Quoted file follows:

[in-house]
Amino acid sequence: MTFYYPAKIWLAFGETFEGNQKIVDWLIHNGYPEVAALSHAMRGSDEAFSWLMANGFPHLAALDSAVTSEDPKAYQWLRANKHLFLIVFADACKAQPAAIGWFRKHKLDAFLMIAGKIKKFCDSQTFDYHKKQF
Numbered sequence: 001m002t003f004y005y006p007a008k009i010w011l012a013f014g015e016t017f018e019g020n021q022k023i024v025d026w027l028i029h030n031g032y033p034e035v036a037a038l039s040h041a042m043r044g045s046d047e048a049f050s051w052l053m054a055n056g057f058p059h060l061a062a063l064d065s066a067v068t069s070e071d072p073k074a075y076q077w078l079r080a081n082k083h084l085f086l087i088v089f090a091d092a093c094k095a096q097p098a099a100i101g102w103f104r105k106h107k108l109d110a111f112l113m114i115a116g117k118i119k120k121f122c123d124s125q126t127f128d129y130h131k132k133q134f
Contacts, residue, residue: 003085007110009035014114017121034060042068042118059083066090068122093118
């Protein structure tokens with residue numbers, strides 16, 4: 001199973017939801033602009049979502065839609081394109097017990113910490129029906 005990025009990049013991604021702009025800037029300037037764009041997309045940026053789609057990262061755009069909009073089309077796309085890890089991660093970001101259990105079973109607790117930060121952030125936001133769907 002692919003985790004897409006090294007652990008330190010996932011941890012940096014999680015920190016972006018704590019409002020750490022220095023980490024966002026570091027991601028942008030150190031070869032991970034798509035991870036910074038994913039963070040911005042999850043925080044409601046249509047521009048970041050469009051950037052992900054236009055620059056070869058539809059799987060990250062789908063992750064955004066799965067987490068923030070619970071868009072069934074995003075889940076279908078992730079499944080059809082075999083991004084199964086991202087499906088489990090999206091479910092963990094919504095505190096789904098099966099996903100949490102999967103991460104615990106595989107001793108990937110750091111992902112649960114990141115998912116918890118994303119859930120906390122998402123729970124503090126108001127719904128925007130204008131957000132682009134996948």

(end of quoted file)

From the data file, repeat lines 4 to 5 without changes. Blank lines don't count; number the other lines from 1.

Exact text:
Contacts, residue, residue: 003085007110009035014114017121034060042068042118059083066090068122093118
């Protein structure tokens with residue numbers, strides 16, 4: 001199973017939801033602009049979502065839609081394109097017990113910490129029906 005990025009990049013991604021702009025800037029300037037764009041997309045940026053789609057990262061755009069909009073089309077796309085890890089991660093970001101259990105079973109607790117930060121952030125936001133769907 002692919003985790004897409006090294007652990008330190010996932011941890012940096014999680015920190016972006018704590019409002020750490022220095023980490024966002026570091027991601028942008030150190031070869032991970034798509035991870036910074038994913039963070040911005042999850043925080044409601046249509047521009048970041050469009051950037052992900054236009055620059056070869058539809059799987060990250062789908063992750064955004066799965067987490068923030070619970071868009072069934074995003075889940076279908078992730079499944080059809082075999083991004084199964086991202087499906088489990090999206091479910092963990094919504095505190096789904098099966099996903100949490102999967103991460104615990106595989107001793108990937110750091111992902112649960114990141115998912116918890118994303119859930120906390122998402123729970124503090126108001127719904128925007130204008131957000132682009134996948």